As the eye's sensitivity to hue, chroma, and then lightness differ, the tolerance region around each color that contains acceptable color matches is best represented by an rugby ball-shaped ellipsoid. The more modern color difference formulae use this ellipsoid shape and allow you, the user, to vary several different parameters to tune the numbers to match visual comparisons.
In 1984 the CMC (Colour Measurement Committee of the Society of Dyes and Colourists of Great Britain) developed and adopted an equation based on LCH numbers. Intended for the textiles industry, CMC l:c allows the setting of lightness (l) and chroma (c) factors. As the eye is more sensitive to chroma, the default ratio for l:c is 2:1 allowing for 2x the difference in lightness than chroma (numbers). There is also a 'commercial factor' (cf) which allows an overall varying of the size of the tolerance region according to accuracy requirements. A cf=1.0 means that a delta-E CMC value <1.0 is acceptable.
A technical committee of the CIE (TC 1-29) published an equation in 1995 called CIE94. The equation is similar to CMC but the weighting functions are largely based on RIT/DuPont tolerance data derived from automotive paint experiments where sample surfaces are smooth. It also has ratios, labeled kL (lightness) and Kc (chroma) and the commercial factor (cf) but these tend to be preset in software and are not often exposed for the user.
Delta-E 2000 is the first major revision of the dE94 equation. Unlike dE94, which assumes that L* correctly reflects the perceived differences in lightness, dE2000 varies the weighting of L* depending on where in the lightness range the color falls. dE2000 is still under consideration and does not seem to be widely supported in graphics arts applications.
A few important points about delta-E calculations in general
- dE calculations are based on colorimetry which means they are illuminant-dependent. Don't try comparing numbers calculated from colors viewed / measured under different illuminants.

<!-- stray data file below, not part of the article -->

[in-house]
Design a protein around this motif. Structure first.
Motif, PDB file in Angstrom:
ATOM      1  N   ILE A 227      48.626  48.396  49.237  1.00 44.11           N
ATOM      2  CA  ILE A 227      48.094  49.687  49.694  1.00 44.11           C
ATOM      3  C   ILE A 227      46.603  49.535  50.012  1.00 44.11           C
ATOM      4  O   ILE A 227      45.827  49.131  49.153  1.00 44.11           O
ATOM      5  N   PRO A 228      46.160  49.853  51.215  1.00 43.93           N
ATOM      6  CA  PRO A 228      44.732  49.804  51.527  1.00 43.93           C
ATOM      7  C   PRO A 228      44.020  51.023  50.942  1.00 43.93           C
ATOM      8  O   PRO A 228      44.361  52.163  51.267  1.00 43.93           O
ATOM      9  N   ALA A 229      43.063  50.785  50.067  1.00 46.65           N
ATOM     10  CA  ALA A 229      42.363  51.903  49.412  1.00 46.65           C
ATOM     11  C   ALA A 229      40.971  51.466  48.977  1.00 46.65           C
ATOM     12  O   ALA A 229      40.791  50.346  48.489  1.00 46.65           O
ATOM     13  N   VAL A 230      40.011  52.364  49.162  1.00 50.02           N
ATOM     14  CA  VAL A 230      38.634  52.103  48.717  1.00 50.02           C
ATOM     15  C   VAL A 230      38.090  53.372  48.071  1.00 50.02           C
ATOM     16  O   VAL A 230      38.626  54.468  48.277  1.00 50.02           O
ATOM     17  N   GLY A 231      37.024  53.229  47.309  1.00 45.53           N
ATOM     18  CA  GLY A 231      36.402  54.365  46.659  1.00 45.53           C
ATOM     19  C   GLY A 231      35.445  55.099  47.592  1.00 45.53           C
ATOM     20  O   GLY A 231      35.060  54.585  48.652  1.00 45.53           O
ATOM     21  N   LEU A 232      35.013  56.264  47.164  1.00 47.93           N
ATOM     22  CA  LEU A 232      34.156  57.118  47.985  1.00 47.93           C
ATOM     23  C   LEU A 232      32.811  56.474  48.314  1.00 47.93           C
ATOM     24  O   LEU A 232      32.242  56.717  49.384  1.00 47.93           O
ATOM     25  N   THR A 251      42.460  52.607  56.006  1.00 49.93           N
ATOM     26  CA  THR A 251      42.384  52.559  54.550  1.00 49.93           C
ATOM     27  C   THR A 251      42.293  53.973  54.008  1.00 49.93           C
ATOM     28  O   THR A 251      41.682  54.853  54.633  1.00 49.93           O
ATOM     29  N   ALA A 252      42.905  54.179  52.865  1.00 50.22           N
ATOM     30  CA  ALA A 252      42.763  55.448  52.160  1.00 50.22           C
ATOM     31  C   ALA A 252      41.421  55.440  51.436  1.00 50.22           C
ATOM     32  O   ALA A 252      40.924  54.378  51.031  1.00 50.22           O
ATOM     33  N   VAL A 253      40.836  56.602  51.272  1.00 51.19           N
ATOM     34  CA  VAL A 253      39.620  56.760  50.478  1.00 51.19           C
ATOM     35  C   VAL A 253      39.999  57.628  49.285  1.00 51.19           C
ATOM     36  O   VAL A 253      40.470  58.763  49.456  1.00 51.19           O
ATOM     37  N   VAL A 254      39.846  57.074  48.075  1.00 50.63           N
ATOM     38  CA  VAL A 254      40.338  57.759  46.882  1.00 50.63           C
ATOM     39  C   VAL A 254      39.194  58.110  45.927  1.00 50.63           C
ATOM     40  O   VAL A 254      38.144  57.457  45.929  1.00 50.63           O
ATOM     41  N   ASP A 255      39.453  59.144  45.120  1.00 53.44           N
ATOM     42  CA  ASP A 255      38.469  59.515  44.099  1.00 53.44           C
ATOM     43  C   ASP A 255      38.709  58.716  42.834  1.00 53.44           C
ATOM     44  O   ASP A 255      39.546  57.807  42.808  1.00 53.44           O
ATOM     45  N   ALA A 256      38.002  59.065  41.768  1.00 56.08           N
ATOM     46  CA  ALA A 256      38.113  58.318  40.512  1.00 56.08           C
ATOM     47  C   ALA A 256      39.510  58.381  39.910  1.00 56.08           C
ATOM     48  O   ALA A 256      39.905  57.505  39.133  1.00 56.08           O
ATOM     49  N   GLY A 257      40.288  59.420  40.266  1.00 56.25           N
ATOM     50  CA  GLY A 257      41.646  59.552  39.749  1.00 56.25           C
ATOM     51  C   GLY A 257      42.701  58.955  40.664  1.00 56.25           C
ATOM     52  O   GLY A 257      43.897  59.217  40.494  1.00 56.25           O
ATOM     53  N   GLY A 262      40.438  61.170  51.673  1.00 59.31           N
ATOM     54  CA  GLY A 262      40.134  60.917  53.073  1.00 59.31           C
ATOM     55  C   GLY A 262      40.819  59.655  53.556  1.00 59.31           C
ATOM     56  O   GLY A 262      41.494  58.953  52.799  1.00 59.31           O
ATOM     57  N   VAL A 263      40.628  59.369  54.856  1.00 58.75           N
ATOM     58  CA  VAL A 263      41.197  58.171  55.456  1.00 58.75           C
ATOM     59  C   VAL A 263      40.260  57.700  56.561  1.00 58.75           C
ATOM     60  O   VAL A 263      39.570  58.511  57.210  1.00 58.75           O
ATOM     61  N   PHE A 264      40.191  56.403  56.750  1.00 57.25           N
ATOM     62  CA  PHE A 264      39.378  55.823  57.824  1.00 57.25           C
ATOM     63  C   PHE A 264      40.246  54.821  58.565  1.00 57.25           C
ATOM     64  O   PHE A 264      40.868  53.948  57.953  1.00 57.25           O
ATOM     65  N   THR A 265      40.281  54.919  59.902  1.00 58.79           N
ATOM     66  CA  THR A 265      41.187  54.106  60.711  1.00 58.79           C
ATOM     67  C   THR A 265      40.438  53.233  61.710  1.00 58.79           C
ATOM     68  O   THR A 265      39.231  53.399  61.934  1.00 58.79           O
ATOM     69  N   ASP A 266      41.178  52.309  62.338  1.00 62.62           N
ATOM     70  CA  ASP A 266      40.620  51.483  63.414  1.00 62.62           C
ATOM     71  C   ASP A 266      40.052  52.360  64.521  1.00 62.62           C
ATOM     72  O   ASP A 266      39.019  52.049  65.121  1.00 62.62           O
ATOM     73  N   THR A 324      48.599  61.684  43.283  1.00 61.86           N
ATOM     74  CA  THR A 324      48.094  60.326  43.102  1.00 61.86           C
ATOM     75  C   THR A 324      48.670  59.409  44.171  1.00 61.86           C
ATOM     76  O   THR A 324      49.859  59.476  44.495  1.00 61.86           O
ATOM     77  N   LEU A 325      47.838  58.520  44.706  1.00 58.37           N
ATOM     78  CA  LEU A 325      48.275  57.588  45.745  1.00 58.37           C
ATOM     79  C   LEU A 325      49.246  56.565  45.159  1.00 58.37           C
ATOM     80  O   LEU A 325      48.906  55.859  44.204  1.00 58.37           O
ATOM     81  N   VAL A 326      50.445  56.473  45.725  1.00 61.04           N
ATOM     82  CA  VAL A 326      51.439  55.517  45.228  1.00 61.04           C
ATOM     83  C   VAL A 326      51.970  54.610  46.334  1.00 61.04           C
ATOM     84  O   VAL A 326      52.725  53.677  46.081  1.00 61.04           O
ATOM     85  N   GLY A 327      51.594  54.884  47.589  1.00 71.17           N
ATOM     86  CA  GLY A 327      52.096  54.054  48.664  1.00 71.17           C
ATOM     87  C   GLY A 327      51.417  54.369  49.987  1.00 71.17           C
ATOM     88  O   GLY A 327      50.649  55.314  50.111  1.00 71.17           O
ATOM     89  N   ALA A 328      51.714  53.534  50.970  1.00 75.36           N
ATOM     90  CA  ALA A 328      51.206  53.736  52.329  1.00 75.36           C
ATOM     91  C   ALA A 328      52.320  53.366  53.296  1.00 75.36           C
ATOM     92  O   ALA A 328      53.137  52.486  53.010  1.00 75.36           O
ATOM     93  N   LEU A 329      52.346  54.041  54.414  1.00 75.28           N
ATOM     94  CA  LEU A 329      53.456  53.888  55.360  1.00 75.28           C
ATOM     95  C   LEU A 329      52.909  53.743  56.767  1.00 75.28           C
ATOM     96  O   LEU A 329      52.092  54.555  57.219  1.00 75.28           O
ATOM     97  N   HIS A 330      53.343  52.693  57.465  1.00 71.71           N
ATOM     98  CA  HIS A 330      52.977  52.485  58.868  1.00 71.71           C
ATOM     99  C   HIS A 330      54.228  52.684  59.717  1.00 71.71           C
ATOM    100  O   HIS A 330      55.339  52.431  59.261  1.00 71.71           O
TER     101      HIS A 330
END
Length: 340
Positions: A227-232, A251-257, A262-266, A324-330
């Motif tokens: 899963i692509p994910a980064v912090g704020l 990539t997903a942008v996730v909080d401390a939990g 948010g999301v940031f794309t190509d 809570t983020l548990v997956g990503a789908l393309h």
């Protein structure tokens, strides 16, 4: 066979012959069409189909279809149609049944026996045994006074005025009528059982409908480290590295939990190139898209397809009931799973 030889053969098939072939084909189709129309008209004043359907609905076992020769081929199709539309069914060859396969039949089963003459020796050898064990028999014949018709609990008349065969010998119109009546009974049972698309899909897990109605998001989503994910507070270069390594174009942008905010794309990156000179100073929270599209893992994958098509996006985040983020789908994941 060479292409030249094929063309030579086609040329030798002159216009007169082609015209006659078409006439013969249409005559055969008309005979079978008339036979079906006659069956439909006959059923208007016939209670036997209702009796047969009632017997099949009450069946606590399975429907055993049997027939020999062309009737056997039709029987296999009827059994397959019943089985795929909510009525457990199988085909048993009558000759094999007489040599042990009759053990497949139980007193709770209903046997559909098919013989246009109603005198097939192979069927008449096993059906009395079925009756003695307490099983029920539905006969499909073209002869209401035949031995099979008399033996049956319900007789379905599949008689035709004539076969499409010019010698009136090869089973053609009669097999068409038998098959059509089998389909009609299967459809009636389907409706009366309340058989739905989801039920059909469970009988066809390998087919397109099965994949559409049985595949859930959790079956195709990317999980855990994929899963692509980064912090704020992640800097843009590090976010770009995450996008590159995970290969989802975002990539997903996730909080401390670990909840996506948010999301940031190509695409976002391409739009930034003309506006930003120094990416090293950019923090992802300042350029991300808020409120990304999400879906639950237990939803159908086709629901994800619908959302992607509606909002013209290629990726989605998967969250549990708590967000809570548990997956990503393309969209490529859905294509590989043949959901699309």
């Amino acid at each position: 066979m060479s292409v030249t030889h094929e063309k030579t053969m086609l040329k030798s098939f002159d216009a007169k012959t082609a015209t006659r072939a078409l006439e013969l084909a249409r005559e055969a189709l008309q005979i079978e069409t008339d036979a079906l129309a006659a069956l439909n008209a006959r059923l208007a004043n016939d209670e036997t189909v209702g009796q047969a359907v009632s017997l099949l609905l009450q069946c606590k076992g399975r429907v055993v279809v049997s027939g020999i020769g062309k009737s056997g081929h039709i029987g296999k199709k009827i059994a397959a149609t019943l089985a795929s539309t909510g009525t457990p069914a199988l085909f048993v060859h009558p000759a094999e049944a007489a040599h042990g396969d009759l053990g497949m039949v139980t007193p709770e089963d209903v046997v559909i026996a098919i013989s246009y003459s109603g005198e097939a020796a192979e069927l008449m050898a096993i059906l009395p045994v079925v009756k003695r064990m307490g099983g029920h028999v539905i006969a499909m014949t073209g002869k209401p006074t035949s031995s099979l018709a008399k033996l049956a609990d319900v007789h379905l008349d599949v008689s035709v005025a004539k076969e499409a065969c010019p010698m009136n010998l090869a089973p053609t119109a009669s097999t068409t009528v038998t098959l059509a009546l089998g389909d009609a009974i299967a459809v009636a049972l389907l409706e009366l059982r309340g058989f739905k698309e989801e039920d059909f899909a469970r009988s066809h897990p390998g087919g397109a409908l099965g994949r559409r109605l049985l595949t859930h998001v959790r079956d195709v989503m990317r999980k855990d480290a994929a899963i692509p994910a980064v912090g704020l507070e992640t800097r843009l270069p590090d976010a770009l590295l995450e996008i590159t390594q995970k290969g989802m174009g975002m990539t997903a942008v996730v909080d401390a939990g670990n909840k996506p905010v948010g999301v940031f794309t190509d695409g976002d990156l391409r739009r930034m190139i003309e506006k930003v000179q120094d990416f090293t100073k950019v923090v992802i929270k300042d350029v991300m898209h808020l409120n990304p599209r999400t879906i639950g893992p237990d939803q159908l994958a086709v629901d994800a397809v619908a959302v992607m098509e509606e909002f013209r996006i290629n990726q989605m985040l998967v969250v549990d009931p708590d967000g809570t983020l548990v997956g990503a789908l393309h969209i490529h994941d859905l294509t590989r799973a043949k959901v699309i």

- differing dE due to illuminant is metamerism. If colors are 'adapted' to the same white point then you have a metamerism index.
Finally, which equation should be chosen and how should it be used?
- for basic / fast calculations, you can use dE76 but beware of its problems
- for graphics arts use we recommend dE94 and perhaps dE-CMC 2:1
- for textiles use dE-CMC
Since this article was written, dE2000 has become the industry standard formula to use. dE2000 is recommended for all calculations except textiles which still use dE-CMC.
Choosing the right tolerance (Billmeyer 1970 / 1979)
- Select a single method of calculation and use it consistently
- Always specify exactly how the calculations are made
- Never attempt to convert between color differences calculated by different equations through the use of averaging factors
- Use calculated color differences only as a first approximation in setting tolerance, until they can be confirmed by visual judgements - in other words, verify all calculations visually
- Always remember that nobody accepts or rejects color because of numbers - it's the way it looks that counts.
I realize that this article is one of the more technical that I have written but delta-E is one of those topics that is worth understanding, and it can take a little work. I have also simplified the daylights out of some of my explanations. This is intended as an introduction to the concepts and not a detailed reference work.
At the very least, the next time you hear someone spouting off delta-E values you can ask them which delta-E. If there's a long, confused pause then you'll know what you're dealing with.
For more information and the actual equations I suggest you consult the following sources as I did for this article:
- Colour Engineering: Achieving Device Independent Colour - Edited by Phil Green & Lindsay MacDonald. Wiley. ISBN: 0471486884
- The Reproduction of Colour - R.W.G. Hunt, Wiley. ISBN: 0470024259
- Color Science: Concepts and Methods, Quantitative Data and Formulae - Gunther Wyszecki & WS Stiles. Wiley. ISBN: 0471399183
- A Guide to Understanding Color Communication - X-Rite PDF
Thanks for reading,